Last week, my column about life in a big family was published in our local daily newspaper. I enjoyed the comments that followed, both on my blog and through email. We big families need all the affirmation we can get. It’s not always the easiest course raising a larger than normal brood, that’s for sure.
In fact, earlier on in the journey, when we were in the thick of growing our family, we received our fair share of, let’s say, less-than-supportive comments about our “expansion project.” It didn’t help that there were times we both felt like we had stepped into quicksand and were at risk of sinking further and further into an abyss, a place where light and clarity was hard to come by.
I guess I want most of all to encourage families of small children, especially those carrying a larger than normal load, to know that things do get easier and the fog eventually dissipates.
This weekend, I experienced a moment of that fog-lift. It was when we were getting ready to head back to Fargo from our Thanksgiving visit in Bismarck. Having brought two vehicles to make room for some Christmas gifts that were being sent back with us, we realized the kids could split up rather than cram into one vehicle as was necessary on the way up.
“Let’s say boys in one car, girls in another,” Dad suggested. The idea was met with all kinds of thumbs-up. It was easily accepted — not a nay in the house — that this would be the very best arrangement of them all. Progesterone in one vehicle. Testosterone in the other. Agreed!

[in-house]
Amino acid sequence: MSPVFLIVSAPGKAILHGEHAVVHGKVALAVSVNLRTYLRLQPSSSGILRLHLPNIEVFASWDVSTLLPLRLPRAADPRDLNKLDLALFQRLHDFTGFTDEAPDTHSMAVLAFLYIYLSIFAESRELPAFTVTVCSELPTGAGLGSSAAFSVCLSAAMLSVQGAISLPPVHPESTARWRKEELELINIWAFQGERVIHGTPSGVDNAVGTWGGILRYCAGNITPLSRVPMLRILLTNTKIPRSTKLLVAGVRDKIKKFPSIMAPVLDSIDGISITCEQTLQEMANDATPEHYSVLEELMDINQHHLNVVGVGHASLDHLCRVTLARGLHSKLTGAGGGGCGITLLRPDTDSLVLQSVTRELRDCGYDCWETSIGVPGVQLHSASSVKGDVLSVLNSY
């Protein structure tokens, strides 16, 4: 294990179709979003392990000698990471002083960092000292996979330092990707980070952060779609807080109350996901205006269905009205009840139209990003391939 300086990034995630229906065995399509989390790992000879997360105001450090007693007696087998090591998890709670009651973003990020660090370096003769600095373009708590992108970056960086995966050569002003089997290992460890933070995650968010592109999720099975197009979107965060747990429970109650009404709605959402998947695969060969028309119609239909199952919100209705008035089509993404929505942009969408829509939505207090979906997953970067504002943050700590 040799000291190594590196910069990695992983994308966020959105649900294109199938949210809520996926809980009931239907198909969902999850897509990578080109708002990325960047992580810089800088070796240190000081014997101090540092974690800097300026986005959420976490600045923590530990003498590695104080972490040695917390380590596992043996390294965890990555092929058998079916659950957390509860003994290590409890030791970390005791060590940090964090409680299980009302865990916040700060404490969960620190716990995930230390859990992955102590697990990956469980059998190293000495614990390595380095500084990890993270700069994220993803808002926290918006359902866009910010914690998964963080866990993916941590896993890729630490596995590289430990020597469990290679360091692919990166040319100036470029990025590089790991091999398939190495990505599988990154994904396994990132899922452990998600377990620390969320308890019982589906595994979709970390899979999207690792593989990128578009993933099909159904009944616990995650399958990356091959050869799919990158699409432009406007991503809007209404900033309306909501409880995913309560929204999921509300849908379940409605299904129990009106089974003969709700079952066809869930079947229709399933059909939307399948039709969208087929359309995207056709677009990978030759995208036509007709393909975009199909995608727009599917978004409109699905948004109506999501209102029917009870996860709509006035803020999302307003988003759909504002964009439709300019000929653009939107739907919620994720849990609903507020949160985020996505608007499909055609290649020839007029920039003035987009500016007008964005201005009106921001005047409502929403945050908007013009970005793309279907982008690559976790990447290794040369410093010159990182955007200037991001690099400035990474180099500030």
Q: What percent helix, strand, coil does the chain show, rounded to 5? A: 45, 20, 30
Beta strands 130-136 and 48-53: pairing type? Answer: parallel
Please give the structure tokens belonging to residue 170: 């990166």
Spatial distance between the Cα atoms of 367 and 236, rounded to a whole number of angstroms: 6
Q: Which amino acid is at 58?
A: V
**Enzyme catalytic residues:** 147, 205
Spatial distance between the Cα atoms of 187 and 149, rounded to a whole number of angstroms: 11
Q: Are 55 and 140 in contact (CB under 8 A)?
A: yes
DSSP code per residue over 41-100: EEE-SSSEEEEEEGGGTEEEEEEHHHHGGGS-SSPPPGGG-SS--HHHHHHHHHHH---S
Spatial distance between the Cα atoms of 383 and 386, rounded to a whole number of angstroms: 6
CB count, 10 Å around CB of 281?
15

The progesterone-carrying vehicle stopped at the coffee-house drive-thru on the way out of town. The testosterone-filled rig made a pit-stop at a burger joint somewhere along the way, I’m fairly certain. Our girlie van played Christian and pop music. I’m afraid to ask what was coming through the speakers in the boy vehicle, but sometimes, it’s just better to not know.
What I do know is that we each had our own little party in our respective rigs, and everything seemed right with the world for an afternoon. It was one of those moments when I felt that, despite all the imperfections of life in a big family, it’s all so very worth it. No one was left feeling lonely, and all needs seemed to be met, even if only for a few hours.
So, if you’re still a few paces behind and feeling like the load is going to tip you over sideways, hang in there. Someday soon, you will be giving thumbs-up to one another in a small moment of triumph.
Q4U: What small moment of triumph did you experience this weekend?